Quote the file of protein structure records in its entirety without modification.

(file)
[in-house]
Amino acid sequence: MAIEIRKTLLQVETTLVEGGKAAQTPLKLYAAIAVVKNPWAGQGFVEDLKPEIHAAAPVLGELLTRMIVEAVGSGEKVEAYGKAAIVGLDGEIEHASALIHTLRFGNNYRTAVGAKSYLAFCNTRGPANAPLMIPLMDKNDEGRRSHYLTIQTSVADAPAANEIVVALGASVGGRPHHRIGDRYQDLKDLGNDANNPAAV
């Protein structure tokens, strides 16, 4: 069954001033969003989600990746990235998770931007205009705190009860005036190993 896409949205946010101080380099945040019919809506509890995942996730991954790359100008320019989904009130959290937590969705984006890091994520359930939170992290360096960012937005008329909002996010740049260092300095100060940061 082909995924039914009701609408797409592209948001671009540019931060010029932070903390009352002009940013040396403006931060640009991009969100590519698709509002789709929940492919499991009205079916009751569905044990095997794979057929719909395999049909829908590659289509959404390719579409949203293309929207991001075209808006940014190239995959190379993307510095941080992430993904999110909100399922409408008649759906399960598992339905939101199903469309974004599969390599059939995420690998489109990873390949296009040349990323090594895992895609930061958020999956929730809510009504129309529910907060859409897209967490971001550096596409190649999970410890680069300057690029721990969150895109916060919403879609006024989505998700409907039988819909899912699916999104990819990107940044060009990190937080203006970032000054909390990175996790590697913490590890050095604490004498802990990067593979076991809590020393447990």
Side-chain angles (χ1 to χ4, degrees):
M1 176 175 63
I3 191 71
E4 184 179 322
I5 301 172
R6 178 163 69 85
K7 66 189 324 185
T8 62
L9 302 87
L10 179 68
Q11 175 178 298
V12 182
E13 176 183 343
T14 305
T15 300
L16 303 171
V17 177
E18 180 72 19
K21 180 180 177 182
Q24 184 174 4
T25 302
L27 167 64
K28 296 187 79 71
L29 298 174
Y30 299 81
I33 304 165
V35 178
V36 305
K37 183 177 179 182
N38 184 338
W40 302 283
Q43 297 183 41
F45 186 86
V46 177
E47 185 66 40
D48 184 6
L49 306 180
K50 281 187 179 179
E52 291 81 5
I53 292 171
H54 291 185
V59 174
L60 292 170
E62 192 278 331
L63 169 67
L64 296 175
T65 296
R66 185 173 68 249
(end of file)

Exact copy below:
[in-house]
Amino acid sequence: MAIEIRKTLLQVETTLVEGGKAAQTPLKLYAAIAVVKNPWAGQGFVEDLKPEIHAAAPVLGELLTRMIVEAVGSGEKVEAYGKAAIVGLDGEIEHASALIHTLRFGNNYRTAVGAKSYLAFCNTRGPANAPLMIPLMDKNDEGRRSHYLTIQTSVADAPAANEIVVALGASVGGRPHHRIGDRYQDLKDLGNDANNPAAV
């Protein structure tokens, strides 16, 4: 069954001033969003989600990746990235998770931007205009705190009860005036190993 896409949205946010101080380099945040019919809506509890995942996730991954790359100008320019989904009130959290937590969705984006890091994520359930939170992290360096960012937005008329909002996010740049260092300095100060940061 082909995924039914009701609408797409592209948001671009540019931060010029932070903390009352002009940013040396403006931060640009991009969100590519698709509002789709929940492919499991009205079916009751569905044990095997794979057929719909395999049909829908590659289509959404390719579409949203293309929207991001075209808006940014190239995959190379993307510095941080992430993904999110909100399922409408008649759906399960598992339905939101199903469309974004599969390599059939995420690998489109990873390949296009040349990323090594895992895609930061958020999956929730809510009504129309529910907060859409897209967490971001550096596409190649999970410890680069300057690029721990969150895109916060919403879609006024989505998700409907039988819909899912699916999104990819990107940044060009990190937080203006970032000054909390990175996790590697913490590890050095604490004498802990990067593979076991809590020393447990």
Side-chain angles (χ1 to χ4, degrees):
M1 176 175 63
I3 191 71
E4 184 179 322
I5 301 172
R6 178 163 69 85
K7 66 189 324 185
T8 62
L9 302 87
L10 179 68
Q11 175 178 298
V12 182
E13 176 183 343
T14 305
T15 300
L16 303 171
V17 177
E18 180 72 19
K21 180 180 177 182
Q24 184 174 4
T25 302
L27 167 64
K28 296 187 79 71
L29 298 174
Y30 299 81
I33 304 165
V35 178
V36 305
K37 183 177 179 182
N38 184 338
W40 302 283
Q43 297 183 41
F45 186 86
V46 177
E47 185 66 40
D48 184 6
L49 306 180
K50 281 187 179 179
E52 291 81 5
I53 292 171
H54 291 185
V59 174
L60 292 170
E62 192 278 331
L63 169 67
L64 296 175
T65 296
R66 185 173 68 249